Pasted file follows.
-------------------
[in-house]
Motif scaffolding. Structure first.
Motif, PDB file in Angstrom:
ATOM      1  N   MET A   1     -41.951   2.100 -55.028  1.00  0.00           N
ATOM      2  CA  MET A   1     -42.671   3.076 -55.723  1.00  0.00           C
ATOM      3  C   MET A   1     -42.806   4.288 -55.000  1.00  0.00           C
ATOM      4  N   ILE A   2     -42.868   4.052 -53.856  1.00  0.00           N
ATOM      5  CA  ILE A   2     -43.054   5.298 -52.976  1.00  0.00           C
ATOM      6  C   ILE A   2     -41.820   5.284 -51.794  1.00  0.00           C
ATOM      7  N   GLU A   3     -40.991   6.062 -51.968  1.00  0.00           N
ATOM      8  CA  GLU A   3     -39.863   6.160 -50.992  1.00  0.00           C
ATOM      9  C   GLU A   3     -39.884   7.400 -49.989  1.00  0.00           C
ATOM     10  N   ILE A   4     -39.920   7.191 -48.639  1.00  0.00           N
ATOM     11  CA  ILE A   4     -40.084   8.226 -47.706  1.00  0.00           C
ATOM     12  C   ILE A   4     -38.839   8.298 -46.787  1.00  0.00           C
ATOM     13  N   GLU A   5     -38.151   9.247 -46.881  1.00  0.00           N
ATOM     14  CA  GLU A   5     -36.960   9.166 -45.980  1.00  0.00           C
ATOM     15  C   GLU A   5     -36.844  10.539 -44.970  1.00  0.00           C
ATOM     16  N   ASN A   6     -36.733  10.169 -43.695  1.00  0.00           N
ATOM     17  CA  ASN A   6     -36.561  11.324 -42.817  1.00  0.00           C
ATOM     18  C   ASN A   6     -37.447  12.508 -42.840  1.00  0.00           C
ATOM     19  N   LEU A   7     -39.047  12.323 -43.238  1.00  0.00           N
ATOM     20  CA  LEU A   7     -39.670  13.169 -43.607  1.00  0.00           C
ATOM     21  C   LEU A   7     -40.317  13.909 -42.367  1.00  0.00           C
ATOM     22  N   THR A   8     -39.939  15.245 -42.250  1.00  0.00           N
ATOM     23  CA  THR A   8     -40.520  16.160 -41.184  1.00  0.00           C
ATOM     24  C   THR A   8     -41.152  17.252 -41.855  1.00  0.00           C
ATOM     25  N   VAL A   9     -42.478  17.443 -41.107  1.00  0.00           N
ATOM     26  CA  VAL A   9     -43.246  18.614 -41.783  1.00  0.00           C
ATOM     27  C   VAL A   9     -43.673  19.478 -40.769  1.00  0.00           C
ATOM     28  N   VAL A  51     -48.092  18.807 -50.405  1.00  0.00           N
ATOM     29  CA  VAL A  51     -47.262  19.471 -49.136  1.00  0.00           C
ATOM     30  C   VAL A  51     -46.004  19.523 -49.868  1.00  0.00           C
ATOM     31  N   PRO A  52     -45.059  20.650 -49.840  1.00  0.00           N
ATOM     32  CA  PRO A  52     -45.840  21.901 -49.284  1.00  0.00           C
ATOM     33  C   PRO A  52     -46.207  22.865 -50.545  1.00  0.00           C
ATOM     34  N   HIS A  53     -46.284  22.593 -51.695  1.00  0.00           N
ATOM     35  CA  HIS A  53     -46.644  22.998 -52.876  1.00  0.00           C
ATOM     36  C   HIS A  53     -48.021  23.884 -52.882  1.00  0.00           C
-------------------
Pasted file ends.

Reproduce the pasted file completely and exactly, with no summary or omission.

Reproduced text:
[in-house]
Motif scaffolding. Structure first.
Motif, PDB file in Angstrom:
ATOM      1  N   MET A   1     -41.951   2.100 -55.028  1.00  0.00           N
ATOM      2  CA  MET A   1     -42.671   3.076 -55.723  1.00  0.00           C
ATOM      3  C   MET A   1     -42.806   4.288 -55.000  1.00  0.00           C
ATOM      4  N   ILE A   2     -42.868   4.052 -53.856  1.00  0.00           N
ATOM      5  CA  ILE A   2     -43.054   5.298 -52.976  1.00  0.00           C
ATOM      6  C   ILE A   2     -41.820   5.284 -51.794  1.00  0.00           C
ATOM      7  N   GLU A   3     -40.991   6.062 -51.968  1.00  0.00           N
ATOM      8  CA  GLU A   3     -39.863   6.160 -50.992  1.00  0.00           C
ATOM      9  C   GLU A   3     -39.884   7.400 -49.989  1.00  0.00           C
ATOM     10  N   ILE A   4     -39.920   7.191 -48.639  1.00  0.00           N
ATOM     11  CA  ILE A   4     -40.084   8.226 -47.706  1.00  0.00           C
ATOM     12  C   ILE A   4     -38.839   8.298 -46.787  1.00  0.00           C
ATOM     13  N   GLU A   5     -38.151   9.247 -46.881  1.00  0.00           N
ATOM     14  CA  GLU A   5     -36.960   9.166 -45.980  1.00  0.00           C
ATOM     15  C   GLU A   5     -36.844  10.539 -44.970  1.00  0.00           C
ATOM     16  N   ASN A   6     -36.733  10.169 -43.695  1.00  0.00           N
ATOM     17  CA  ASN A   6     -36.561  11.324 -42.817  1.00  0.00           C
ATOM     18  C   ASN A   6     -37.447  12.508 -42.840  1.00  0.00           C
ATOM     19  N   LEU A   7     -39.047  12.323 -43.238  1.00  0.00           N
ATOM     20  CA  LEU A   7     -39.670  13.169 -43.607  1.00  0.00           C
ATOM     21  C   LEU A   7     -40.317  13.909 -42.367  1.00  0.00           C
ATOM     22  N   THR A   8     -39.939  15.245 -42.250  1.00  0.00           N
ATOM     23  CA  THR A   8     -40.520  16.160 -41.184  1.00  0.00           C
ATOM     24  C   THR A   8     -41.152  17.252 -41.855  1.00  0.00           C
ATOM     25  N   VAL A   9     -42.478  17.443 -41.107  1.00  0.00           N
ATOM     26  CA  VAL A   9     -43.246  18.614 -41.783  1.00  0.00           C
ATOM     27  C   VAL A   9     -43.673  19.478 -40.769  1.00  0.00           C
ATOM     28  N   VAL A  51     -48.092  18.807 -50.405  1.00  0.00           N
ATOM     29  CA  VAL A  51     -47.262  19.471 -49.136  1.00  0.00           C
ATOM     30  C   VAL A  51     -46.004  19.523 -49.868  1.00  0.00           C
ATOM     31  N   PRO A  52     -45.059  20.650 -49.840  1.00  0.00           N
ATOM     32  CA  PRO A  52     -45.840  21.901 -49.284  1.00  0.00           C
ATOM     33  C   PRO A  52     -46.207  22.865 -50.545  1.00  0.00           C
ATOM     34  N   HIS A  53     -46.284  22.593 -51.695  1.00  0.00           N
ATOM     35  CA  HIS A  53     -46.644  22.998 -52.876  1.00  0.00           C
ATOM     36  C   HIS A  53     -48.021  23.884 -52.882  1.00  0.00           C